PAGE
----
Dealing with My Husband’s Anger

Dear Dr. Elia,

My husband I are very active members of the church. We have a lot of stress in our home just with all the activities going on and now the economy has put a stop to our income.

Over the years my husband has had a habit of reacting to problems with anger always looking for someone or somewhere to place blame or responsibility. He will regularly get angry at me or the kids, and it is difficult to get back into a loving atmosphere. He berates me for not appreciating him, being his cheerleader, comforting him, etc. It's like trying to love a porcupine. His anger drives me away, and I feel somewhat more guarded in our relationship in these last years because of his verbal attacks on me. I know he needs my help and support, but how do I work this out in my mind to be loving when I feel so hurt on a regular basis? Do I just need to grow up and accept this? I have talked to him about his anger issue and suggested counseling for us but he thinks it is not needed.


Dear Beth,

This is an issue that often comes up when working with couples. There are three ways to empty the "emotional bank account" in a marriage. It's called the "AAA," which stands for Adultery, Addiction, and Abuse. Your husband's behavior as you describe it falls under the third category, as verbal and emotional abuse. Over the years you may have become accustomed to being treated this way, but that does not make it justified under any circumstances.

You're wondering if you "need to grow up and accept this." That is an amazing statement for an outsider like myself to embrace! It only makes sense because you've become used to it. No woman in the Church deserves to be treated this way. Do you remember who you are? A daughter of your Heavenly Father! Do you think He would approve of your husband's "habit"? I suggest that you tactfully share Doctrine and Covenants 121:39-41 with your husband, which reads in part, "No power or influence can or ought to be maintained by virtue of the priesthood, only by persuasion, by long-suffering, by gentleness and meekness, and by love unfeigned."

If this is too hard to do by yourself, please seek the support of your ecclesiastical leaders, like your bishop or stake president.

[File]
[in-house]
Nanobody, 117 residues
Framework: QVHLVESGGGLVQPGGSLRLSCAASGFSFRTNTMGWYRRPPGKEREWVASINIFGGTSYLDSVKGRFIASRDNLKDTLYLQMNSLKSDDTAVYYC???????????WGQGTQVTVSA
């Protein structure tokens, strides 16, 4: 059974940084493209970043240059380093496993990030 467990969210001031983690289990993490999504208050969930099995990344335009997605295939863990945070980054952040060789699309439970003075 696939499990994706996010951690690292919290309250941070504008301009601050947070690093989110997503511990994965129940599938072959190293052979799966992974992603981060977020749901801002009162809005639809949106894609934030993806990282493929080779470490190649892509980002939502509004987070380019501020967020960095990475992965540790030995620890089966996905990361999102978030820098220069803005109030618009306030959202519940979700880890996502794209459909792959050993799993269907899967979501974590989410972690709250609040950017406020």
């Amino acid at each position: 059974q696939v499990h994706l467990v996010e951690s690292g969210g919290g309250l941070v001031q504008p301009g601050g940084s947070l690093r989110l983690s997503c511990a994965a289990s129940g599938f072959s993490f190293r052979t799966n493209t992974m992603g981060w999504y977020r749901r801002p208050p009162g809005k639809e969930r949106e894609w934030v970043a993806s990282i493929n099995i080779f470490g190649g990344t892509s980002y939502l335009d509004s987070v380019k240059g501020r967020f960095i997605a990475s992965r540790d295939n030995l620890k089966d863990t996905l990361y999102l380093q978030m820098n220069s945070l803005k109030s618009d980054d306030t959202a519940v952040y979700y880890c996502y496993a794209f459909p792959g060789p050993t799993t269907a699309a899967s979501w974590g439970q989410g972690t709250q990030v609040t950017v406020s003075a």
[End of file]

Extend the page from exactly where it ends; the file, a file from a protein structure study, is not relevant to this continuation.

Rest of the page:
You are correct in suggesting counseling to him, but his pride keeps him from seeking help. I wonder if he would turn down an offer of assistance from his bishop?

He not only could use some counseling, but more specifically Anger Management classes. There are plenty of resources, if he has the desire to overcome this detrimental behavior. I'm concerned that if things continue without any change, whatever love you have for him will eventually disappear. I have seen it countless times in similar circumstances: The wife endures the verbal and emotional abuse until the youngest child graduates from high school and heads off to college. Soon after she files for divorce and ends the dysfunctional marriage. I hope you have a very different outcome, for yourself, your children, and also for him.

He cannot possibly be happy when he treats you this way. Somewhere deep down he must know that his behavior is wrong—even if he doesn't admit it. It takes real humility to say to you that he has been wrong and has offended you, and God, by his outbursts all these years. It takes courage on your part to put an end to it, but you are not alone. Seek the help and guidance from those in positions to help.

Dr. Elia Gourgouris

Dr. Elia Gourgouris, PhD, is a nationally known speaker and marriage expert, and is the author of The Multi-Platinum Marriage: Going from Just Surviving to Thriving! (buy here). With over twenty years of experience, he coaches LDS couple throughout the United States and enjoys speaking at BYU Education Week and Time Out for Women. He and his wife, Sona, live near Boulder, Colorado, with their children.

To get more relationship and coaching advice from Dr. Elia, visit,, or call 303.523.6396.

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